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Editorial: Have a safe Fourth

Fireworks explode over Worthington's Lake Okabena to celebrate Independence Day.

Our great nation is celebrating its 237th birthday on Thursday, and Americans will mark the day with plenty of reverly. A huge component of the cross-country party is, of course, fireworks.

"The day will be most memorable in the history of America," wrote John Adams on June 3, 1776, one day before the signing of the Declaration of Independence. "I am apt to believe that it will be celebrated by succeeding generations as the great anniversary festival. It ought to be solemnized with pomp and parade, bonfires and illuminations (fireworks) from one end of this continent to the other, from this time forward forever more."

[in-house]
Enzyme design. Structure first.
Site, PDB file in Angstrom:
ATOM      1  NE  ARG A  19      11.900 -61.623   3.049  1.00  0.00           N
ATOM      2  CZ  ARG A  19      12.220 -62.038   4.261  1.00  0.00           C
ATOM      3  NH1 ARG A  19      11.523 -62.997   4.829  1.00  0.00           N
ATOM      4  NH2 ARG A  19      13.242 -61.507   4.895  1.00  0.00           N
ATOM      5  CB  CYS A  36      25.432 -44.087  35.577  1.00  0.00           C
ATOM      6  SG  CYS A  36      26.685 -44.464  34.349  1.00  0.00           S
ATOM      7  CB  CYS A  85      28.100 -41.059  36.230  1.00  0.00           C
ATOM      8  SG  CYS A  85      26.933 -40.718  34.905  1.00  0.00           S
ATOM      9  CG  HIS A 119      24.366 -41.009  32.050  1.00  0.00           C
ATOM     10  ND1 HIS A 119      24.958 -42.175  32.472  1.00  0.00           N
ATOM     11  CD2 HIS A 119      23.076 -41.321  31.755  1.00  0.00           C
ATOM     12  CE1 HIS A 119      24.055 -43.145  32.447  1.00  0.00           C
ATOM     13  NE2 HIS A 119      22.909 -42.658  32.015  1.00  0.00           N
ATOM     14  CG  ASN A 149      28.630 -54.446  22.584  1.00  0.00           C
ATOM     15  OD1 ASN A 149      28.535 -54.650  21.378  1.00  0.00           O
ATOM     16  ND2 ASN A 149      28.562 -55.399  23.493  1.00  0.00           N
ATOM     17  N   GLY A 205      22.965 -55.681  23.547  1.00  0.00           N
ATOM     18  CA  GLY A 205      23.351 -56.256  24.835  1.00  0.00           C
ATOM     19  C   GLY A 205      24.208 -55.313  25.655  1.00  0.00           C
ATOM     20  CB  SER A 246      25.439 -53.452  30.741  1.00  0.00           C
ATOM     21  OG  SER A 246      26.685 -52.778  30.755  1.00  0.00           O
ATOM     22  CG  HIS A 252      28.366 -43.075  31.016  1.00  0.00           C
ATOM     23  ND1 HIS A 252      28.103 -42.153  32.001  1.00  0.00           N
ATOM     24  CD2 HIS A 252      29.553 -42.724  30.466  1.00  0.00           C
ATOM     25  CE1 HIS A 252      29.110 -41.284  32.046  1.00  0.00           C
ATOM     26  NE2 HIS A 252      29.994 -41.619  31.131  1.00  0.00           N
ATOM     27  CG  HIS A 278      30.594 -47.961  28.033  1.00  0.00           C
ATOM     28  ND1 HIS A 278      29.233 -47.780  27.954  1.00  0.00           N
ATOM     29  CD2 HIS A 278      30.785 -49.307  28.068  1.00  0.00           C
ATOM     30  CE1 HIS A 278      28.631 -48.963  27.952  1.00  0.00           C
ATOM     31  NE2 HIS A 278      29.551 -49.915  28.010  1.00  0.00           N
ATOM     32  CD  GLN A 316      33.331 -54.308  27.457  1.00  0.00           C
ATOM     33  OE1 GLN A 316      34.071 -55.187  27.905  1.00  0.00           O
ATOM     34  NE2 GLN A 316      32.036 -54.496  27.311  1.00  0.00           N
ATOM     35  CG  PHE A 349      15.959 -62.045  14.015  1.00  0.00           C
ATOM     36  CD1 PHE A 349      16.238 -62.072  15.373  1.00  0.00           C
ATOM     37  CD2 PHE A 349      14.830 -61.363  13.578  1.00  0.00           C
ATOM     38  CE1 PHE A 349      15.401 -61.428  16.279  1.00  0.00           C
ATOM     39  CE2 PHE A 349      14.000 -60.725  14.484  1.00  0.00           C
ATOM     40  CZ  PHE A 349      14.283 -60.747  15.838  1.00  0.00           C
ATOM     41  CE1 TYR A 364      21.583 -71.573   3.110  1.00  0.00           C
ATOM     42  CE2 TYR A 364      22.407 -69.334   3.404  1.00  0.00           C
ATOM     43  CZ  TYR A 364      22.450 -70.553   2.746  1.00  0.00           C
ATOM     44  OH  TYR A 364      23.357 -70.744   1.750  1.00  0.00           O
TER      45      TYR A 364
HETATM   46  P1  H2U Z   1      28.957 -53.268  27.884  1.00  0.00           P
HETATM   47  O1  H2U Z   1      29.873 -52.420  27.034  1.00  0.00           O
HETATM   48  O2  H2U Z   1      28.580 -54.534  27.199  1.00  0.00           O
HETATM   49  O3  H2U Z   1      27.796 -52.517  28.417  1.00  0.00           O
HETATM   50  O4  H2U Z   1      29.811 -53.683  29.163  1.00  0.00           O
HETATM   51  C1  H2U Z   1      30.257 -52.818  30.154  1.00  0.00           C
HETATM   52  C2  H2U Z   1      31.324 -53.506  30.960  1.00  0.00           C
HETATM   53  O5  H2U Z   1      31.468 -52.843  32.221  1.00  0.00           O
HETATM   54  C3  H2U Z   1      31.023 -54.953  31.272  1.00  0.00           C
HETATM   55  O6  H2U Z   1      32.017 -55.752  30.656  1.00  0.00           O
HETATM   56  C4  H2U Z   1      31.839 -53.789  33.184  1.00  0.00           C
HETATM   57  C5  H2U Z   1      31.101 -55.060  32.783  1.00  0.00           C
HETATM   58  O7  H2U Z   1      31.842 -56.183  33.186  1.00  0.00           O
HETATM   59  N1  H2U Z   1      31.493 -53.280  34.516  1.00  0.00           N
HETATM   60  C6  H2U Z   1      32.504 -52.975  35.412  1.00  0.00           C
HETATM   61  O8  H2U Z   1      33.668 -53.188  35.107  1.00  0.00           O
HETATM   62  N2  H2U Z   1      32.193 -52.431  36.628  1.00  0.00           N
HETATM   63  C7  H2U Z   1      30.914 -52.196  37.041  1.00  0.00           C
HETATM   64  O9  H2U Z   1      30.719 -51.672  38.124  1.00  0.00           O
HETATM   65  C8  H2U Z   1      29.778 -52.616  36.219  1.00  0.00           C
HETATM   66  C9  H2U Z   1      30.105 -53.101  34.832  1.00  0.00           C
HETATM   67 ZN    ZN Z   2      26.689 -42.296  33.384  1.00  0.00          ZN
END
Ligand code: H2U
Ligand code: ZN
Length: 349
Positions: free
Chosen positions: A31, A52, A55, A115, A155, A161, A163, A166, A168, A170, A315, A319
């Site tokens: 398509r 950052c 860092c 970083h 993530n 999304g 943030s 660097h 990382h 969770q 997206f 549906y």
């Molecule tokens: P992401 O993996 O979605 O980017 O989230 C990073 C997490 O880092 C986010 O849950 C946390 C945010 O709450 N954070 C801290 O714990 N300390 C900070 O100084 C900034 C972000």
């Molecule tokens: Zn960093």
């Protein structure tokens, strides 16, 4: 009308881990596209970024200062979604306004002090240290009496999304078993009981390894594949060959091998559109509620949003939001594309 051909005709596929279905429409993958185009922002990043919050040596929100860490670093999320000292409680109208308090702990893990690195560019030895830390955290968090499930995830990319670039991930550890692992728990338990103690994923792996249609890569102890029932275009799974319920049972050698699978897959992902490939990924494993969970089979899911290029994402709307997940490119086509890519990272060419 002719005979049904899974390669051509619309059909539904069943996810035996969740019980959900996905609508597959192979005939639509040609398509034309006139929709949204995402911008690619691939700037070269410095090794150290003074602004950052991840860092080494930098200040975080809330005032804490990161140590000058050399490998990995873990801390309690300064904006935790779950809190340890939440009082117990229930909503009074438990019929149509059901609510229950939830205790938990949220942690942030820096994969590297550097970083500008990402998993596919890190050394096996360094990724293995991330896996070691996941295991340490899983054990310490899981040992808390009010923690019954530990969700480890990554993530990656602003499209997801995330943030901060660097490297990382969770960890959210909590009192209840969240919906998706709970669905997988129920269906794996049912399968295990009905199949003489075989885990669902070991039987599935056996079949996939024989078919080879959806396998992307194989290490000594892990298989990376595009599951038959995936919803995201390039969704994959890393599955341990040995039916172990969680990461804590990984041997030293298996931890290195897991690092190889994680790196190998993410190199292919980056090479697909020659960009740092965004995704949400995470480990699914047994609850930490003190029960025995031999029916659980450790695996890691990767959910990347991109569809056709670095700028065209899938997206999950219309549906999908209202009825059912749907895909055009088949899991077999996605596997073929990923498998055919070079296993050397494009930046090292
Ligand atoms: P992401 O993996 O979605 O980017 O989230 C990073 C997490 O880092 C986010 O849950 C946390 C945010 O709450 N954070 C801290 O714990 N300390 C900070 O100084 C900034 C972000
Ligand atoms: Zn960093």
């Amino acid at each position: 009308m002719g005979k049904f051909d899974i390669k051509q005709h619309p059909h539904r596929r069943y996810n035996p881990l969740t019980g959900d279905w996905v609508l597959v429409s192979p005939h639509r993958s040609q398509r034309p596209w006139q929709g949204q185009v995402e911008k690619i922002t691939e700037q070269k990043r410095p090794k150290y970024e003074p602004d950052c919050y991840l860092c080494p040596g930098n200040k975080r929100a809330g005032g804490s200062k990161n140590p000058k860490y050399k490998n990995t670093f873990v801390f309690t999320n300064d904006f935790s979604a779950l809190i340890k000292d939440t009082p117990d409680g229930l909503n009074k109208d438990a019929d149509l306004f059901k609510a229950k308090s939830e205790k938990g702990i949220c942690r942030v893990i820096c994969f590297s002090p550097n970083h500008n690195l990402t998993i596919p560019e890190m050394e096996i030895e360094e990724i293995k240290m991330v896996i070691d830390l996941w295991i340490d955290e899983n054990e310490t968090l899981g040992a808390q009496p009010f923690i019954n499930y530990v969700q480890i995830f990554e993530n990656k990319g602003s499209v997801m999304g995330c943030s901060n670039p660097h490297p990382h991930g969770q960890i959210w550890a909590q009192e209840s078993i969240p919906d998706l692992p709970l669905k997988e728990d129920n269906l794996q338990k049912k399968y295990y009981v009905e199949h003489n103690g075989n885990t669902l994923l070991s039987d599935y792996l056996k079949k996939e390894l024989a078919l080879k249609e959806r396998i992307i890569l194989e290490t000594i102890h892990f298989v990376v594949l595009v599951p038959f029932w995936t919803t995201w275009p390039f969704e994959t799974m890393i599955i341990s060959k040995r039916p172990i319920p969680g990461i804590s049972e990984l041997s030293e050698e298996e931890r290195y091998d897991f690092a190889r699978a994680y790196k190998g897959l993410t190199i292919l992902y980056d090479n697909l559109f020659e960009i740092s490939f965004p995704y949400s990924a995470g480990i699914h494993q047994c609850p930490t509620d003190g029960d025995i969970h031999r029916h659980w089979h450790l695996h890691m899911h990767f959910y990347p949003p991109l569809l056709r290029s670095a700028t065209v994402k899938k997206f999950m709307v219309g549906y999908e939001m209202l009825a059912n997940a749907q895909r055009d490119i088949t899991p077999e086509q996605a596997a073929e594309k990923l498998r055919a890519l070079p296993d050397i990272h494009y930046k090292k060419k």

In other words, fireworks have been a part of the Fourth of July since -- well -- the Third of July before our first Fourth. But even though "illuminations" have always been a part of this national holiday, they are often used with little attention to safety.

With that, we offer a few tips:

* Never allow young children to play with or ignite fireworks.

* Never place any part of your body directly over a fireworks device when lighting the fuse. Back up to a safe distance immediately after lighting fireworks.

* Never try to re-light or pick up fireworks that have not ignited fully.

* Light fireworks one at a time, then move back quickly.

* Never point or throw fireworks at another person.

* Keep a bucket of water or a garden hose handy in case of fire or other mishap.

These and other safety tips can been seen at We hope everyone has a fun, festive -- and safe -- July 4.